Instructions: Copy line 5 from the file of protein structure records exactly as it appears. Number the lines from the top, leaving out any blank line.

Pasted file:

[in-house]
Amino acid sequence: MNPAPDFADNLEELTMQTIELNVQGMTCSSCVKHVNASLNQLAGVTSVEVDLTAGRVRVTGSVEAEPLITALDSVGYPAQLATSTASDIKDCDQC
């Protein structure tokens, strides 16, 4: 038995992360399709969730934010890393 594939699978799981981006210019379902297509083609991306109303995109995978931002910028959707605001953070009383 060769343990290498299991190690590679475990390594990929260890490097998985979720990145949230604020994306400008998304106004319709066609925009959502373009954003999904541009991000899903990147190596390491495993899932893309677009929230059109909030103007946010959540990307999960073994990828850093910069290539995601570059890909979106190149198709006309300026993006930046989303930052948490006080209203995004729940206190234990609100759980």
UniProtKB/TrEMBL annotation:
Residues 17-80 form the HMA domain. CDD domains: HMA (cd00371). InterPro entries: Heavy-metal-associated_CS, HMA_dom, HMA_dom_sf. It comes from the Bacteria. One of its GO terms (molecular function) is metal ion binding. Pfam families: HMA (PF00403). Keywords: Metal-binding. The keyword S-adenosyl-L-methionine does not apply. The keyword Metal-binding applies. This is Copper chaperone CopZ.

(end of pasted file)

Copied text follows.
Residues 17-80 form the HMA domain. CDD domains: HMA (cd00371). InterPro entries: Heavy-metal-associated_CS, HMA_dom, HMA_dom_sf. It comes from the Bacteria. One of its GO terms (molecular function) is metal ion binding. Pfam families: HMA (PF00403). Keywords: Metal-binding. The keyword S-adenosyl-L-methionine does not apply. The keyword Metal-binding applies. This is Copper chaperone CopZ.